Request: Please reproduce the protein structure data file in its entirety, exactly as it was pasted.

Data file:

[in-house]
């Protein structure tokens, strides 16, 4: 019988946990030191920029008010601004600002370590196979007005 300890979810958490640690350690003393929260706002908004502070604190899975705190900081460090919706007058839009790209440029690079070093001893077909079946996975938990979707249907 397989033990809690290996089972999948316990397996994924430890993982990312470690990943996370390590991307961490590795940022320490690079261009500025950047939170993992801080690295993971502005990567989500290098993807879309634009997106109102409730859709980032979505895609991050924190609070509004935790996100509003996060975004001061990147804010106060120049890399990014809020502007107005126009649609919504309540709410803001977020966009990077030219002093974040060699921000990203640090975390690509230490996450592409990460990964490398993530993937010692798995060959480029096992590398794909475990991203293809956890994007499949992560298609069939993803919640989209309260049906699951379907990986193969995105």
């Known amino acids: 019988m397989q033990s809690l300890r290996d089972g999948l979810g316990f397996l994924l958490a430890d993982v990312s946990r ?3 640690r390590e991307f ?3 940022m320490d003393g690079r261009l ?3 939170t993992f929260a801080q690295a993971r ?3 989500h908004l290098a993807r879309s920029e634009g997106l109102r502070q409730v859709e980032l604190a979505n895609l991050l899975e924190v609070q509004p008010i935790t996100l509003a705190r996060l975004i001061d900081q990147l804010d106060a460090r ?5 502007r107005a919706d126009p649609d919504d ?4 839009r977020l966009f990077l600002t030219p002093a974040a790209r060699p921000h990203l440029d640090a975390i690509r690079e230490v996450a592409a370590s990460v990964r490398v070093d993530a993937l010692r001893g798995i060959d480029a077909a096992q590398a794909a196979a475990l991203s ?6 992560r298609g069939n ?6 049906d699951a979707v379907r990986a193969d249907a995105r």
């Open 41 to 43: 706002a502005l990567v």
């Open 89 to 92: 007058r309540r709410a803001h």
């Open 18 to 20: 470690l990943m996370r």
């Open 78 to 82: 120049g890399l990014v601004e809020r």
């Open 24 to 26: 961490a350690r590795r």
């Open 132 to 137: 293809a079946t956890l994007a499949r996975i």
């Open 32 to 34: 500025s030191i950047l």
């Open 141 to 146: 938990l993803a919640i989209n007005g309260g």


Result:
[in-house]
């Protein structure tokens, strides 16, 4: 019988946990030191920029008010601004600002370590196979007005 300890979810958490640690350690003393929260706002908004502070604190899975705190900081460090919706007058839009790209440029690079070093001893077909079946996975938990979707249907 397989033990809690290996089972999948316990397996994924430890993982990312470690990943996370390590991307961490590795940022320490690079261009500025950047939170993992801080690295993971502005990567989500290098993807879309634009997106109102409730859709980032979505895609991050924190609070509004935790996100509003996060975004001061990147804010106060120049890399990014809020502007107005126009649609919504309540709410803001977020966009990077030219002093974040060699921000990203640090975390690509230490996450592409990460990964490398993530993937010692798995060959480029096992590398794909475990991203293809956890994007499949992560298609069939993803919640989209309260049906699951379907990986193969995105």
């Known amino acids: 019988m397989q033990s809690l300890r290996d089972g999948l979810g316990f397996l994924l958490a430890d993982v990312s946990r ?3 640690r390590e991307f ?3 940022m320490d003393g690079r261009l ?3 939170t993992f929260a801080q690295a993971r ?3 989500h908004l290098a993807r879309s920029e634009g997106l109102r502070q409730v859709e980032l604190a979505n895609l991050l899975e924190v609070q509004p008010i935790t996100l509003a705190r996060l975004i001061d900081q990147l804010d106060a460090r ?5 502007r107005a919706d126009p649609d919504d ?4 839009r977020l966009f990077l600002t030219p002093a974040a790209r060699p921000h990203l440029d640090a975390i690509r690079e230490v996450a592409a370590s990460v990964r490398v070093d993530a993937l010692r001893g798995i060959d480029a077909a096992q590398a794909a196979a475990l991203s ?6 992560r298609g069939n ?6 049906d699951a979707v379907r990986a193969d249907a995105r």
């Open 41 to 43: 706002a502005l990567v």
């Open 89 to 92: 007058r309540r709410a803001h």
């Open 18 to 20: 470690l990943m996370r």
């Open 78 to 82: 120049g890399l990014v601004e809020r």
């Open 24 to 26: 961490a350690r590795r």
């Open 132 to 137: 293809a079946t956890l994007a499949r996975i």
């Open 32 to 34: 500025s030191i950047l």
């Open 141 to 146: 938990l993803a919640i989209n007005g309260g």